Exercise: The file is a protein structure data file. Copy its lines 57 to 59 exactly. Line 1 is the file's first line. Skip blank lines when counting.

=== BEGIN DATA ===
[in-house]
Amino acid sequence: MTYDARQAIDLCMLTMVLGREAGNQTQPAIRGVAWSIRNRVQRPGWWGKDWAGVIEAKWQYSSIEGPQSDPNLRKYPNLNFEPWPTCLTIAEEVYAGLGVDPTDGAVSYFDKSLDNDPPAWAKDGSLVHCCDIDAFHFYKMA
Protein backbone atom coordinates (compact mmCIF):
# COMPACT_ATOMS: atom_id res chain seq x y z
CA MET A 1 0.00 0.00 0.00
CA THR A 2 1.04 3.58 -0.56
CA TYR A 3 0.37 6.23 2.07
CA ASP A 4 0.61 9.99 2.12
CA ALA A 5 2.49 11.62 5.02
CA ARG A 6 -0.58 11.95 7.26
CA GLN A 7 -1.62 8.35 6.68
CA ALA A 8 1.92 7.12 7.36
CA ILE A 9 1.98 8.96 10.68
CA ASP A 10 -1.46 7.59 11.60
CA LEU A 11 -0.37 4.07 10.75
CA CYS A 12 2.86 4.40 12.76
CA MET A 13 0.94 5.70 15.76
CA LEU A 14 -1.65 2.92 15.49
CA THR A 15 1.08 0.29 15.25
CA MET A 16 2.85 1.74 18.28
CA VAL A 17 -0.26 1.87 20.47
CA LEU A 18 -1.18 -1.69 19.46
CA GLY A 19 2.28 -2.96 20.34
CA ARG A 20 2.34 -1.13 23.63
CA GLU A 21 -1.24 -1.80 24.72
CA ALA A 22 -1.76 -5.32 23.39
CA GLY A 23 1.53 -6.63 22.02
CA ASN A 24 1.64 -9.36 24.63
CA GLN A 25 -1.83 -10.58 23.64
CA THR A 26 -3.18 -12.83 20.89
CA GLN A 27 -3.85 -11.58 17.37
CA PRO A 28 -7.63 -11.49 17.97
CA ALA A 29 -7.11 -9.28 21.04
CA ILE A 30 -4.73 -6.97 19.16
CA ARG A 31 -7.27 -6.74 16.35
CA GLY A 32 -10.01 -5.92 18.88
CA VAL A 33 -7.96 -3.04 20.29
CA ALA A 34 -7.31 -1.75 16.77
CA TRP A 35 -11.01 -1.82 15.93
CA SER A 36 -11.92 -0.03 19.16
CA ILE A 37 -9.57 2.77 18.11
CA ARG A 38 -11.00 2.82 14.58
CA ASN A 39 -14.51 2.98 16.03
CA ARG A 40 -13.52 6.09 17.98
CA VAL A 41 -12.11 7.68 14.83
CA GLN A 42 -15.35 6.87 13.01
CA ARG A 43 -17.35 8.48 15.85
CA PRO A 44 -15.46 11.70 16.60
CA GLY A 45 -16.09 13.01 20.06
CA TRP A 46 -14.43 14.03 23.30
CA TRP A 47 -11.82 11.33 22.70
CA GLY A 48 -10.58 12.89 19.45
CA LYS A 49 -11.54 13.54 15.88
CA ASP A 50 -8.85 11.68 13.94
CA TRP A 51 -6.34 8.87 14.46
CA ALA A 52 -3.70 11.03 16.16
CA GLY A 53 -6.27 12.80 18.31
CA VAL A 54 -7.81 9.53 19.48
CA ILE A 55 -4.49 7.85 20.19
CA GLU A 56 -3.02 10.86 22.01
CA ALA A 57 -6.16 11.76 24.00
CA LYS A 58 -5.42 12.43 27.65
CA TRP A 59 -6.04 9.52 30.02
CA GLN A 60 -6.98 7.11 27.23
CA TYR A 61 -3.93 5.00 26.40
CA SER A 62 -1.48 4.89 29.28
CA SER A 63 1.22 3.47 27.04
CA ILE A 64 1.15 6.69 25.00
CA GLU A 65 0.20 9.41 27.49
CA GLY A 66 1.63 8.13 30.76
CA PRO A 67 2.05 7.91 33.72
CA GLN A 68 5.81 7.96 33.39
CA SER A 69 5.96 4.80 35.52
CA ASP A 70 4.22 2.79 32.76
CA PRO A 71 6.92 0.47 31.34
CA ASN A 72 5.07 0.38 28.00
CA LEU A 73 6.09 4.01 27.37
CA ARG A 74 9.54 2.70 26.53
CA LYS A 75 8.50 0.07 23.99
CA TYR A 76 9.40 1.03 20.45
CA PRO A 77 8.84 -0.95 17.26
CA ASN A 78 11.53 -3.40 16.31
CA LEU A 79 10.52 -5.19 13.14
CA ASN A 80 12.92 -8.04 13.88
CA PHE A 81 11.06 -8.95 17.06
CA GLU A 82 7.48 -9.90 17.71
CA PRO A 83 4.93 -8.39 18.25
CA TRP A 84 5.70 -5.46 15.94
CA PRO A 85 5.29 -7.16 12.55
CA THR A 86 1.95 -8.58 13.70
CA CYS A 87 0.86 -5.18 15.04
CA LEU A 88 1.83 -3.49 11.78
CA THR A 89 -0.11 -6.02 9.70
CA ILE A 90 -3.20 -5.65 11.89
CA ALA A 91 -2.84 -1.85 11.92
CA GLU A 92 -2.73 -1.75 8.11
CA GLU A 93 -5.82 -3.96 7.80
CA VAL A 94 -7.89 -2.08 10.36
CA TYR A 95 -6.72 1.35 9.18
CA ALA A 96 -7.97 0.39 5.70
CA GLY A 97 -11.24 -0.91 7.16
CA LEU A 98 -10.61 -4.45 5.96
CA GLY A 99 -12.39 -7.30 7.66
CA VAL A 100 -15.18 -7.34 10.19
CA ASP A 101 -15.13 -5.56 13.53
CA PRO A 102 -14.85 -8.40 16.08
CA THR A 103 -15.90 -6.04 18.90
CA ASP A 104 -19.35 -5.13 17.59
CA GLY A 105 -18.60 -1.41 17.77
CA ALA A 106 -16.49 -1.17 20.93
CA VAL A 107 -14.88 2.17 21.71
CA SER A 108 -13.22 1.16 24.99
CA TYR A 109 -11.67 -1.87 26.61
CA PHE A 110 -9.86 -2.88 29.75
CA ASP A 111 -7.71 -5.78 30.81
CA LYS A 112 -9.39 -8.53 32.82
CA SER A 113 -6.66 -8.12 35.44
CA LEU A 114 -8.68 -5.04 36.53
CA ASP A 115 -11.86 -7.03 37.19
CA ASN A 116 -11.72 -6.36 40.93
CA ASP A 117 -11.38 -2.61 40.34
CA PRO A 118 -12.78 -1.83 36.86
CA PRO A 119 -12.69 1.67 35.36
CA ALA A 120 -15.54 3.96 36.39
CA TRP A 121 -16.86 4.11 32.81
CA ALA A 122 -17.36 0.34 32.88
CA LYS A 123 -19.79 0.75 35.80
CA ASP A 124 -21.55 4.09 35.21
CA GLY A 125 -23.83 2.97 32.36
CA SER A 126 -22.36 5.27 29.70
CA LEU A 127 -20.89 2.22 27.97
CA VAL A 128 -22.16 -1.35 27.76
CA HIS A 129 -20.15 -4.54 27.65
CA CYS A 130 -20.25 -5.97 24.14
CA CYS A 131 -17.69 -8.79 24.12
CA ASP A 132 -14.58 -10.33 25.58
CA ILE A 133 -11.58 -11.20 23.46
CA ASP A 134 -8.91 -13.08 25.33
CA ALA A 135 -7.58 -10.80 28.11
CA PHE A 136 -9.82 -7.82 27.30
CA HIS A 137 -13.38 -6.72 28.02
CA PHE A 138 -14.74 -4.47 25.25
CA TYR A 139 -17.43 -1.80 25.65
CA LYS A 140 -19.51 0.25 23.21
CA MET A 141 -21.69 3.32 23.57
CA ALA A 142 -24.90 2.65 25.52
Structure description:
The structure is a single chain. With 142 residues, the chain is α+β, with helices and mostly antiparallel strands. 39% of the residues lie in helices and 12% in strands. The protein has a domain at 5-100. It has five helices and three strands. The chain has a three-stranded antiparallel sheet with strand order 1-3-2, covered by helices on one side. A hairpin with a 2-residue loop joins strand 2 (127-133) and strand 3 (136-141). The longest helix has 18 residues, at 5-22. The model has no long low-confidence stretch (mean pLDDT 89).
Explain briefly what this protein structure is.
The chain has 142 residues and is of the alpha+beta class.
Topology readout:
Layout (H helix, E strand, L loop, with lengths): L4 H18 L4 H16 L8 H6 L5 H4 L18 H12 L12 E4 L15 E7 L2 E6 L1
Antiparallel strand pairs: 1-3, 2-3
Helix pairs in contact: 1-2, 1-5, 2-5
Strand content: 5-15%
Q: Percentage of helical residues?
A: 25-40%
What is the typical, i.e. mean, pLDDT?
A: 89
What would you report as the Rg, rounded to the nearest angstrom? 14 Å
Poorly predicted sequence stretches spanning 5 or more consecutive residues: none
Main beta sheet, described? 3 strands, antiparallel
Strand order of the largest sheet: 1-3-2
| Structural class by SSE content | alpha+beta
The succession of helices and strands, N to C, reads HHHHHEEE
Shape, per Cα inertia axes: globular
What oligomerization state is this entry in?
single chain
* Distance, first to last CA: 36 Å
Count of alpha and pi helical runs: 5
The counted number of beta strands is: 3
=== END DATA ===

CA GLY A 53 -6.27 12.80 18.31
CA VAL A 54 -7.81 9.53 19.48
CA ILE A 55 -4.49 7.85 20.19